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Saturday, April 6, 2013

Feature: Hastings Urban Farm

Urban farming, a trend in agriculture that has been gaining popularity in Vancouver, marks an effort to renew our connection to the food we eat, in the midst of an increasingly unsustainable global food economy. Not only does it enable local food production in our cities, it can also be a way to work underused urban land while also fostering community building.

One such project is the Hastings Urban Farm, a project of the Portland Hotel Society located near the Woodwards Building in an empty lot at 58 West Hastings. The farm grows everything from leafy greens like kale and swiss chard to carrots and radishes.

Unlike other community gardens, Hastings Urban Farm is not an individual-plot garden, but a community collaboration where people are able to get involved in growing and sharing food with other neighbourhood residents.

As part of a wider urban farming movement, projects such as the Hastings Urban Farm help to foster community food security by offering an affordable way to access fresh, local, and healthy produce, as well as opportunities for people to learn about food gardening and develop their knowledge and skills. It also provides a chance for people who do not have access to land or space in their homes to grow food and can create employment opportunities within cities for workers to tend and harvest crops.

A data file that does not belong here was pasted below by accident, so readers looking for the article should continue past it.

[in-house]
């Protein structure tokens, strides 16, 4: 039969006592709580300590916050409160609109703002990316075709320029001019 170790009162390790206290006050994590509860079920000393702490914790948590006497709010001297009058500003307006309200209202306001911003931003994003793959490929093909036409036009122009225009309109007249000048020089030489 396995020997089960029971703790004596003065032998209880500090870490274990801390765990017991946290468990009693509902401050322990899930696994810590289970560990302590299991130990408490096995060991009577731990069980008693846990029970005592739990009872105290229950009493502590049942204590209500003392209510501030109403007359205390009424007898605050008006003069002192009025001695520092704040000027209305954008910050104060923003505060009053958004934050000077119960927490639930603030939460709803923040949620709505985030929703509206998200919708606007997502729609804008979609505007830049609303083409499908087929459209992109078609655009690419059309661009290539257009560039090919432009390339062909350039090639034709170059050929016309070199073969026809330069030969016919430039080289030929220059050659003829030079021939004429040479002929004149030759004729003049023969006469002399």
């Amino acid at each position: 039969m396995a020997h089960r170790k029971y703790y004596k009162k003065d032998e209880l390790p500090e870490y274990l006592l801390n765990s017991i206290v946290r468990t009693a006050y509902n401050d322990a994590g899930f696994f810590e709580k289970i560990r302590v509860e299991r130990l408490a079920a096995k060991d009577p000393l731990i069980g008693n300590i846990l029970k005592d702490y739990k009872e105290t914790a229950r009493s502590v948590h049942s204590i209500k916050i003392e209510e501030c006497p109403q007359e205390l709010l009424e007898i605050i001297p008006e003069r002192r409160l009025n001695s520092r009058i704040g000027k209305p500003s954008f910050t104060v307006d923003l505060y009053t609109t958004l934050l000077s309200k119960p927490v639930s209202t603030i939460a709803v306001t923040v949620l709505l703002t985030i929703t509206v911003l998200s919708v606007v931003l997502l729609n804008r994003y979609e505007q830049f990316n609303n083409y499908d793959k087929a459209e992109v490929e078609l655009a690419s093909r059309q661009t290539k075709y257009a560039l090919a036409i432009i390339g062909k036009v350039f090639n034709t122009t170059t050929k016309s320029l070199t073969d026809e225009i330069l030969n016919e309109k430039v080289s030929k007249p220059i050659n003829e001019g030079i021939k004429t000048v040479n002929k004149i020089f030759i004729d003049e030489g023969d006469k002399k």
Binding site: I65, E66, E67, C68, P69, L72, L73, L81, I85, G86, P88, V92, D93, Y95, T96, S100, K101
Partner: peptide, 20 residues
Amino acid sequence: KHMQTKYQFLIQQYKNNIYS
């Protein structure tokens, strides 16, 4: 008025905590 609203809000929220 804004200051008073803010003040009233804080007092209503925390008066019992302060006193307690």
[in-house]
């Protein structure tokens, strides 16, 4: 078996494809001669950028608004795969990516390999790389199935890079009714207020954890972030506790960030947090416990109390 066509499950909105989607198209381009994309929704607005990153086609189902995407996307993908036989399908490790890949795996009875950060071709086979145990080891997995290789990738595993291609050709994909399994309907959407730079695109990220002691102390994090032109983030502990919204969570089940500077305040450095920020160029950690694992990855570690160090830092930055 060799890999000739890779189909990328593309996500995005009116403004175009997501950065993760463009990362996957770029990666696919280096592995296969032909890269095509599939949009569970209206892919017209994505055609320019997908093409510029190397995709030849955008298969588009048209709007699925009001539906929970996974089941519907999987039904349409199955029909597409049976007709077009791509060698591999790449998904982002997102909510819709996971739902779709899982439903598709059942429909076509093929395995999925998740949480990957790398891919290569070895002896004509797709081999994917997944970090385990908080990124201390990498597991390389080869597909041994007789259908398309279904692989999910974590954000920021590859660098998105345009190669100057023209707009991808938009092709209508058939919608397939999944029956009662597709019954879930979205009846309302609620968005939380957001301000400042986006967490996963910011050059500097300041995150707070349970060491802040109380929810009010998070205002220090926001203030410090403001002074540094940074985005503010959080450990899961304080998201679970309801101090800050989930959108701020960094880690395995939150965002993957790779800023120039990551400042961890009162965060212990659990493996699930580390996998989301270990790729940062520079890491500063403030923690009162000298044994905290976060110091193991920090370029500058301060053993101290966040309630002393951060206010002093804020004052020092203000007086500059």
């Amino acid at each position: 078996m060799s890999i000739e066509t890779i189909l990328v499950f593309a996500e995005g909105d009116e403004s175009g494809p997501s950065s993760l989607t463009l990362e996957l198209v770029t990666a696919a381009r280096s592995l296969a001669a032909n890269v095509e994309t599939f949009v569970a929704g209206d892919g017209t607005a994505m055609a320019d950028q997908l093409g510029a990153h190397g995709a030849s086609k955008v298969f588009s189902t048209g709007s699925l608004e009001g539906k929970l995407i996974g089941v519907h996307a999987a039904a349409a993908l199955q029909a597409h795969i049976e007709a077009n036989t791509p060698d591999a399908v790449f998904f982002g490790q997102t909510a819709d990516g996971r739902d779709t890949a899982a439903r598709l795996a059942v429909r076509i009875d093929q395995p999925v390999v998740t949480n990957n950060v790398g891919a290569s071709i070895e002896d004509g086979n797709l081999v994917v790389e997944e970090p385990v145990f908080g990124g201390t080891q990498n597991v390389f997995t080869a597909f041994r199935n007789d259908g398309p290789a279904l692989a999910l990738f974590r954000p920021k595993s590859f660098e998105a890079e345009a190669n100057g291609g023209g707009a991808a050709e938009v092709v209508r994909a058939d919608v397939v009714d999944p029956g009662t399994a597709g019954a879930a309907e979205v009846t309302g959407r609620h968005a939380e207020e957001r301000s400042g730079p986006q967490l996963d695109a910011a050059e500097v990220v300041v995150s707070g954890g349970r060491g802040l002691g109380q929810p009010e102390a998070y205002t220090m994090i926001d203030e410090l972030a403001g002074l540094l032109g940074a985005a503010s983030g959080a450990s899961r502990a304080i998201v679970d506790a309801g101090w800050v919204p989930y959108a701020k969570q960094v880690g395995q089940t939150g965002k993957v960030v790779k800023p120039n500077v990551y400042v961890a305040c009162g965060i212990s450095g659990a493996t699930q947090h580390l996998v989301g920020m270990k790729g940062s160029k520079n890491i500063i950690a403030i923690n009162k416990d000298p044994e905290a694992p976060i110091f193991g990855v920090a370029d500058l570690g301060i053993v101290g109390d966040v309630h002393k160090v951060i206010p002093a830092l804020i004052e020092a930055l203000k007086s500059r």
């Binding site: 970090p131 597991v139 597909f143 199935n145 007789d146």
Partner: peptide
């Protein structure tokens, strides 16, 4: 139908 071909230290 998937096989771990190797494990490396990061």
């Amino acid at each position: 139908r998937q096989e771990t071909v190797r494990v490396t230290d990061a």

Source: Urban Food Policy (Nevin Cohen)

Growing food locally can be a way of challenging a global food system that currently puts production over sustainability, energy use, health, and social welfare. Shipping produce and other perishable crops, for example, requires enormous amounts of energy -- from preparation, refrigeration, to transportation -- and by growing food in our cities, this process from farm to kitchen table becomes considerably shorter.

One of the biggest challenges, however, is growing and selling local food legally -- it is not yet legal to get a business license for such urban farming ventures. These municipal bylaws mean that many farms, such as the Urban Digs Farm, are limited in where they can set up food production operations. While the City of Vancouver hosts numerous urban farming projects today (the product of continuous back-and-forth between farmers and city officials) and has made a goal of becoming a global leader in urban food systems, they have yet to revise and update policy around urban farming businesses.

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